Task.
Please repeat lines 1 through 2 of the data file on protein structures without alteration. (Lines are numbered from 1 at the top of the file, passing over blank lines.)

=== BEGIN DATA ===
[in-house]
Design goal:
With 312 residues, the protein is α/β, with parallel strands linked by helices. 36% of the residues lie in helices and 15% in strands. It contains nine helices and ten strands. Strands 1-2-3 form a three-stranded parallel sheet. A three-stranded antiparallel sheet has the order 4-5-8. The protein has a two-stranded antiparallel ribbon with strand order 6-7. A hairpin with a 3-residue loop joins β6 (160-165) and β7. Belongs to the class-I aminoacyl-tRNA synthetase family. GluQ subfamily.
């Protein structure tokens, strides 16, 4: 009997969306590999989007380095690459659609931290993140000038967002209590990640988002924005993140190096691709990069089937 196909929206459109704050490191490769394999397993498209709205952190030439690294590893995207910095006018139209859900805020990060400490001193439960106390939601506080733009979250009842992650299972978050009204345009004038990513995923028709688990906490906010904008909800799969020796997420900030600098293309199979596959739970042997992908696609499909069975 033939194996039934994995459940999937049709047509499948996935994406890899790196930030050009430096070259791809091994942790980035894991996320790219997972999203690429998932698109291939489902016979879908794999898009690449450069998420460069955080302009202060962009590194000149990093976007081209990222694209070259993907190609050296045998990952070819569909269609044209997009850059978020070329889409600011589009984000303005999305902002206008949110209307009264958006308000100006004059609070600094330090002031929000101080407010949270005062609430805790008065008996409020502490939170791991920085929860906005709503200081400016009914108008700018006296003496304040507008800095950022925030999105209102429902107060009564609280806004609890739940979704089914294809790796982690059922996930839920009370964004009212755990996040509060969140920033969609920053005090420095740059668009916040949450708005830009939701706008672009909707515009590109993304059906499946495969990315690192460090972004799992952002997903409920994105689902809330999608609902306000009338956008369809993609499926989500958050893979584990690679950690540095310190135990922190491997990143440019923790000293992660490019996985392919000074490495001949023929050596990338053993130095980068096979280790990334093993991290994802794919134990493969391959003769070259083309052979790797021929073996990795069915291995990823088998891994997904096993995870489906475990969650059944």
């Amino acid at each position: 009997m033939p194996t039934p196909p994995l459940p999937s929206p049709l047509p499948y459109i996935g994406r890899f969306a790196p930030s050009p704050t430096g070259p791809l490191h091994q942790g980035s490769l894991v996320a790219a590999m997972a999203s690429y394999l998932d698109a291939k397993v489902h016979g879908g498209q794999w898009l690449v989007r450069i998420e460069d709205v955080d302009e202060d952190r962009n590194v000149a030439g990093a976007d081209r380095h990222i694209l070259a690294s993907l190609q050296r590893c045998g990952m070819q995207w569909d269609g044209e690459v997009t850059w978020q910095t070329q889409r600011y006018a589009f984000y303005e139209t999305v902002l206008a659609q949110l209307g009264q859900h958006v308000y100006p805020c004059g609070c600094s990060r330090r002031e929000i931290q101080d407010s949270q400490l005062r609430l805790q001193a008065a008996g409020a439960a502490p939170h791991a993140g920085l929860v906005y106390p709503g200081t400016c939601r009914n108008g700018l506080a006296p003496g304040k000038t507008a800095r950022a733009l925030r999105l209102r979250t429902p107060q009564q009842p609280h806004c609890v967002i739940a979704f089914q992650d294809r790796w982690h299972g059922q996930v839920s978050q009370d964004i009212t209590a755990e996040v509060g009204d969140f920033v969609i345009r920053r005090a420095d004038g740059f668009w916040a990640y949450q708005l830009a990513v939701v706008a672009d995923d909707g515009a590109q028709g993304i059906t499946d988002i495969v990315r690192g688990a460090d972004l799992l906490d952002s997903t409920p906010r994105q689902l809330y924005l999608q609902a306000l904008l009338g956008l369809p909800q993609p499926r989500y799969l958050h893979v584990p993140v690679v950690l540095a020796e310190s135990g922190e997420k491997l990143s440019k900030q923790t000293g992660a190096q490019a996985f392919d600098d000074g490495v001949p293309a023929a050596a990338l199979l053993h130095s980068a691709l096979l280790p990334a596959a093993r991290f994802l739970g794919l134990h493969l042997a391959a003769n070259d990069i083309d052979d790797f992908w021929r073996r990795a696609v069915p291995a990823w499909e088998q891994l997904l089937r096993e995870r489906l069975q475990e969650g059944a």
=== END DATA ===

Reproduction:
[in-house]
Design goal: